If you’re a woman between the ages of 21 to 65, talk with your health care provider about cervical cancer screening.
A cervical cancer screening can help prevent cancer (by detecting cells before they become cancer) or find it early on. Most cervical cancer is caused by human papillomavirus (HPV). HPV is passed between persons through sex and often has no signs or symptoms. For most people, HPV resolves without treatment, but the infection can last longer and cause certain types of cancer, including cervical. According to the Centers for Disease Control and Prevention (CDC), when detected early, cervical cancer is highly treatable and associated with long survival and good quality of life.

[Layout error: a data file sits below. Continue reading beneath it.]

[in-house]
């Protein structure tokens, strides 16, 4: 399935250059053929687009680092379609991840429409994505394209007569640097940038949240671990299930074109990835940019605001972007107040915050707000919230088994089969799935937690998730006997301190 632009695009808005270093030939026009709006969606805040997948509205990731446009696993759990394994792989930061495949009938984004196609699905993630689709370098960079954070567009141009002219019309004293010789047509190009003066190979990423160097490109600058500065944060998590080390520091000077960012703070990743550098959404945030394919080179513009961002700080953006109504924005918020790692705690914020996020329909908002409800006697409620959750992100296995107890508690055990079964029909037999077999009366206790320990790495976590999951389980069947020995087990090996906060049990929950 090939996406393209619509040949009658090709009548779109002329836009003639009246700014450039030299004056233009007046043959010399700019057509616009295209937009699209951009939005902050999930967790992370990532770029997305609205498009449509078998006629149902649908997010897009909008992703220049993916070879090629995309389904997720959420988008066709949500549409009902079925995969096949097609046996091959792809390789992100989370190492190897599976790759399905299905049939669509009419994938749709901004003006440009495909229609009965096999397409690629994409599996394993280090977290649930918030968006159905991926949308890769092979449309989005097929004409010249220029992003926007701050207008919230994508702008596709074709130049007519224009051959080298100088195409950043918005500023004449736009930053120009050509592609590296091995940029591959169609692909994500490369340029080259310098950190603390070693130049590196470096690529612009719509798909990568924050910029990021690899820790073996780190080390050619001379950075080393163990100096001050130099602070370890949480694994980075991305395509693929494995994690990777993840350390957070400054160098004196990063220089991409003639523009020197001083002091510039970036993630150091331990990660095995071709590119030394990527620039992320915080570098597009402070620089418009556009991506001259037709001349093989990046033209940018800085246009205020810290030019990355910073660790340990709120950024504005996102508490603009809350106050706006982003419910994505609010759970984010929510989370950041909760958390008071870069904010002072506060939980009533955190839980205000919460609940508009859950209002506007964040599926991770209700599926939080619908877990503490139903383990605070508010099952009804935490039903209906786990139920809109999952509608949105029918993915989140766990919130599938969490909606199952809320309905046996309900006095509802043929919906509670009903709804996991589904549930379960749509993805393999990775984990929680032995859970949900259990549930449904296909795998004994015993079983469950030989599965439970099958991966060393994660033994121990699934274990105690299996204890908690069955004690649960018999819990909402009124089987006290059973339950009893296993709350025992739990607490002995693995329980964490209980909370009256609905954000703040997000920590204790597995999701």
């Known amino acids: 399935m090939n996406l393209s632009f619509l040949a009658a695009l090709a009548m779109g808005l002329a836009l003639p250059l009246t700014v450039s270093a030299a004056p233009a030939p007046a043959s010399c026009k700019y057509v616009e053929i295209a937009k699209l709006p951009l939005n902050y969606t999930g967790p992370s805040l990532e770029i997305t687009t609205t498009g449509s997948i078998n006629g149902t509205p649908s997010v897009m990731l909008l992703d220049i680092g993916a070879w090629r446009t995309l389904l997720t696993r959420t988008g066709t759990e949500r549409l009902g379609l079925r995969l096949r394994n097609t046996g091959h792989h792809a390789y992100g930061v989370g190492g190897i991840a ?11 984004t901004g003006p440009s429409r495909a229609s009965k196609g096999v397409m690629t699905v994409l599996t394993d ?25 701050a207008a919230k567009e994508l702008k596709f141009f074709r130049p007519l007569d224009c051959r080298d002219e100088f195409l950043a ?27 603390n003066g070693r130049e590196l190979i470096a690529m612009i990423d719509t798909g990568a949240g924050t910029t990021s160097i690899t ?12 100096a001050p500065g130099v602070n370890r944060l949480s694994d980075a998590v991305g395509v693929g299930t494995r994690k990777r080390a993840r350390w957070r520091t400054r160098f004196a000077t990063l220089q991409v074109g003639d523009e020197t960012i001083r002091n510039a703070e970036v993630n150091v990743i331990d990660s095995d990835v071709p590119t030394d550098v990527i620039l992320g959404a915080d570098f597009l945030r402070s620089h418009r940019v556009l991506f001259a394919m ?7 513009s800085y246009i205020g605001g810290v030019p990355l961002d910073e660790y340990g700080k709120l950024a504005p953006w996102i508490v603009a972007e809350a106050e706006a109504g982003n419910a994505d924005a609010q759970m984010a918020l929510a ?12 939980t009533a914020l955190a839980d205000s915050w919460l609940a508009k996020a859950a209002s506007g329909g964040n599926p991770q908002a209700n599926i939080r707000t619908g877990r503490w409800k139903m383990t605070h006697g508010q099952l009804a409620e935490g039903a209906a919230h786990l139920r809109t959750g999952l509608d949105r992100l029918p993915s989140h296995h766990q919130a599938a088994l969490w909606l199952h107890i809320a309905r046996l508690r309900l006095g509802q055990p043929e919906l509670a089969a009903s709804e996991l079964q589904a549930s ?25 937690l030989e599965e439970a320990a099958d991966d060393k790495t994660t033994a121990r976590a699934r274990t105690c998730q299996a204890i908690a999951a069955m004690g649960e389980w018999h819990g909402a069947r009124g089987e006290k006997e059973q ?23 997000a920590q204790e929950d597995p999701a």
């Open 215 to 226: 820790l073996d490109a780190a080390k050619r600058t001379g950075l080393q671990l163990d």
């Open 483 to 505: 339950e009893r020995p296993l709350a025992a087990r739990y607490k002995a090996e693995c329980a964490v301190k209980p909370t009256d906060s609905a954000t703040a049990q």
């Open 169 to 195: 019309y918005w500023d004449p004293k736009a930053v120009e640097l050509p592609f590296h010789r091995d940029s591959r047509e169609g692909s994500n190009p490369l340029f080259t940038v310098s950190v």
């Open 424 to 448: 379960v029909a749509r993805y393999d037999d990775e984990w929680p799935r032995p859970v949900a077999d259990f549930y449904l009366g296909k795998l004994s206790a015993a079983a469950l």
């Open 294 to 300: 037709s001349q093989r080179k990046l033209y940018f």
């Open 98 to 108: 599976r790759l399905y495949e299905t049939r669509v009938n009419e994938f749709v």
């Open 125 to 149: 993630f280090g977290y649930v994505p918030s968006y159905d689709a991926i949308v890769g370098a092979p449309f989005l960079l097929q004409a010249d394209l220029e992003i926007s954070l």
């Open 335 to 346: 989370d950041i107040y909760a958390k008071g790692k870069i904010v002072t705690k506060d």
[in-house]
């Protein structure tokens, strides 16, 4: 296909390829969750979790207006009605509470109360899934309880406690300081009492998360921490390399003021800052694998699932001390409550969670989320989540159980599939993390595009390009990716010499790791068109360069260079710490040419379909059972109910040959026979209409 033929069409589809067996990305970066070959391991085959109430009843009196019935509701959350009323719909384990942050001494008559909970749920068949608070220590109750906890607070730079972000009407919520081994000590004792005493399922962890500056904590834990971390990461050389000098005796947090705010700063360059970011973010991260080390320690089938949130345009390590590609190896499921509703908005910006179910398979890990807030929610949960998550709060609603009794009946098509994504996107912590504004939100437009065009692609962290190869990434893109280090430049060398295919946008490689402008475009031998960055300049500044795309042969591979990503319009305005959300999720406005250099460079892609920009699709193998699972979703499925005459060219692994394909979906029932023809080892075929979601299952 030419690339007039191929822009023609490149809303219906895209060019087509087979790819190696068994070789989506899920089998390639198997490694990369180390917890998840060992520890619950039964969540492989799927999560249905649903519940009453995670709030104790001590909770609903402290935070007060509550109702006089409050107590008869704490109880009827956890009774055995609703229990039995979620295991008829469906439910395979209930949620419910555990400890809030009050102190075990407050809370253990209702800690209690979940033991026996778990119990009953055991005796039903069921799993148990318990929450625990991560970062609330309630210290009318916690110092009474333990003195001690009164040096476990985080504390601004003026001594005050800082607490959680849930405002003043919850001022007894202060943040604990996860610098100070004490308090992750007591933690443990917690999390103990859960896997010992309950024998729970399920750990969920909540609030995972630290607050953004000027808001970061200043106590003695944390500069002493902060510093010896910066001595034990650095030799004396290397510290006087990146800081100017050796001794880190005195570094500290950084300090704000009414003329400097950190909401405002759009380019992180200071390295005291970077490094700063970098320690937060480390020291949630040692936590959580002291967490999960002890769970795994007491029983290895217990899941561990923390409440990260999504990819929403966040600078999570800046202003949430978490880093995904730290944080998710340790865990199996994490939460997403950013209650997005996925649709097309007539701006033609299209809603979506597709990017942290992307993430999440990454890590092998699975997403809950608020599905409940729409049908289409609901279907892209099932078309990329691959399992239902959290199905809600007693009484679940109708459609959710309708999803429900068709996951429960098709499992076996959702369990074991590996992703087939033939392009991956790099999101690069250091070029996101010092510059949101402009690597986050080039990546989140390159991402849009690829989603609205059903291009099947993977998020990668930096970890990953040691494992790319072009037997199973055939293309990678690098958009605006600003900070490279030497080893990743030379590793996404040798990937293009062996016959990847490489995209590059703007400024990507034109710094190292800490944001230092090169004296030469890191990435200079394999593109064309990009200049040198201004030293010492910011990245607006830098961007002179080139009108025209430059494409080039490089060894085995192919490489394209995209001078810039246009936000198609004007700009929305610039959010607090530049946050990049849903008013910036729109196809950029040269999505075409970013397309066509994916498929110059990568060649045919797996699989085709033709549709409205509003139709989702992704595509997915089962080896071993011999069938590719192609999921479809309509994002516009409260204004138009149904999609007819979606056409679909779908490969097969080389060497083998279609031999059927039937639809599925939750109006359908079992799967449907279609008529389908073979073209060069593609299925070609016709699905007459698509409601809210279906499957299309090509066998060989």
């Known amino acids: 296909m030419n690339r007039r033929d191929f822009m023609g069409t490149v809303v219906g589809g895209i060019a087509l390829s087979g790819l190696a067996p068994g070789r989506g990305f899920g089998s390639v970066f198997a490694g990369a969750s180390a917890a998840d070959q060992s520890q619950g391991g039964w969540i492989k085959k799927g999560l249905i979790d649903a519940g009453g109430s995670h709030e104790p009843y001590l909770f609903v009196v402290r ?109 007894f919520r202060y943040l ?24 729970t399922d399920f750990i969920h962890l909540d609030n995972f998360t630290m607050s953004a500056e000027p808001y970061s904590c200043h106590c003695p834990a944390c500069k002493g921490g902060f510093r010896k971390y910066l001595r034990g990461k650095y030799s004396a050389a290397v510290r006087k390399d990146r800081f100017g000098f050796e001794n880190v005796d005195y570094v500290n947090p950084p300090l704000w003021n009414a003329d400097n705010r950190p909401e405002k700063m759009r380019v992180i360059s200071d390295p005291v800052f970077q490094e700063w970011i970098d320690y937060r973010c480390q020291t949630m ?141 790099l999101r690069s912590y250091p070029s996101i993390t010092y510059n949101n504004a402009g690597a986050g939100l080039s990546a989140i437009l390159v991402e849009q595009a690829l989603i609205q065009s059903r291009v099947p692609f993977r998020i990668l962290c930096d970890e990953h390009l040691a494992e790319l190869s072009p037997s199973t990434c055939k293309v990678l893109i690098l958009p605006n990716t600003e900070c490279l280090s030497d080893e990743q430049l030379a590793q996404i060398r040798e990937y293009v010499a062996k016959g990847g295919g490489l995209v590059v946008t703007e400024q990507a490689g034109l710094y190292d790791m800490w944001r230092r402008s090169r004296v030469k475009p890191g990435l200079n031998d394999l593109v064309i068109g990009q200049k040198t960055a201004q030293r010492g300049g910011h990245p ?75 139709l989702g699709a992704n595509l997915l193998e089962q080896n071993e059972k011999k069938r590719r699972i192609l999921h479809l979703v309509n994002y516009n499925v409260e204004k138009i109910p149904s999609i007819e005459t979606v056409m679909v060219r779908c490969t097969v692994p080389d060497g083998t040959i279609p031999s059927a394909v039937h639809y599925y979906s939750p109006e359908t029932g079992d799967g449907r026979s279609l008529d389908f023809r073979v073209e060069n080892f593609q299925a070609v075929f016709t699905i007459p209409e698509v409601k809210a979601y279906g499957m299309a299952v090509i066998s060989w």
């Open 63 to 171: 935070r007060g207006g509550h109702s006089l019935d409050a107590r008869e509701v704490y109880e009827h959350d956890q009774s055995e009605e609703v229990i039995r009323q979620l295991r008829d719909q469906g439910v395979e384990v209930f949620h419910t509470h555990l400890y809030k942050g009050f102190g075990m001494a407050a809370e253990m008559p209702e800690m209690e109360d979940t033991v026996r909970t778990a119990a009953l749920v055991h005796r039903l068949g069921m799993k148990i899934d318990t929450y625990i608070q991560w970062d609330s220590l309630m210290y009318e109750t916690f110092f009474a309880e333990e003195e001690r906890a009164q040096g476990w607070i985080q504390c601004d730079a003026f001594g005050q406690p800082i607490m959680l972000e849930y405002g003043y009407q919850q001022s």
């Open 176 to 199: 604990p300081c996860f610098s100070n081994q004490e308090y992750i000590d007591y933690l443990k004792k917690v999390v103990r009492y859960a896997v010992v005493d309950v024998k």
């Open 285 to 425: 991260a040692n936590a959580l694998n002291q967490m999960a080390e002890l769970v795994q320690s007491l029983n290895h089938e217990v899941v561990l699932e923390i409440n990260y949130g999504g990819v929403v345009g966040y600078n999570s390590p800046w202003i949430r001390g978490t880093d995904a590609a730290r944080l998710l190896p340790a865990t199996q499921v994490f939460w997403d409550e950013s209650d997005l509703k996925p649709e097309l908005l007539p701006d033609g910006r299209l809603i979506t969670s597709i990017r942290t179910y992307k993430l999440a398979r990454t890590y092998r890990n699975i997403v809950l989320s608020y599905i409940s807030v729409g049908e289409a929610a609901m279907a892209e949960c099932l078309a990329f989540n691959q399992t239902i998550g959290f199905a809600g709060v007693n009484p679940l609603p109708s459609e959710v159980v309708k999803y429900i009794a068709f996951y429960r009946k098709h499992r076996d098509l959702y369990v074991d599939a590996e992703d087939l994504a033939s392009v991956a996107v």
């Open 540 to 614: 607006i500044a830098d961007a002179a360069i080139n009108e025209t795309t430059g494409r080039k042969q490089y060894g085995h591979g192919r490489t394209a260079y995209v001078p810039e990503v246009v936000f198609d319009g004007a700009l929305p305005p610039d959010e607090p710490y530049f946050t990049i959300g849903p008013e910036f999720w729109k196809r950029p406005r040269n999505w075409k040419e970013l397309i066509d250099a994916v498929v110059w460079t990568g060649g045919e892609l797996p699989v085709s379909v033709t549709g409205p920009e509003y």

Most women ages 21-30 should have a Pap test every three years. For those age 30 and above, both Pap and HPV tests are recommended every five years. Your provider may recommend more frequent testing depending on screening results. If your cervical cancer screening results are normal, you may not need another screening for several years. You should still see your health care provider or gynecologist regularly for preventive care.
Prevent cervical and other HPV-related cancers
Women through the age of 26 are eligible to receive the HPV vaccine if they did not receive the series when they were younger. Parents should strongly consider vaccinating eligible children against HPV before they become sexually active. For more information about the vaccine, timing of administration(s), and risks/benefits, talk to your health care provider.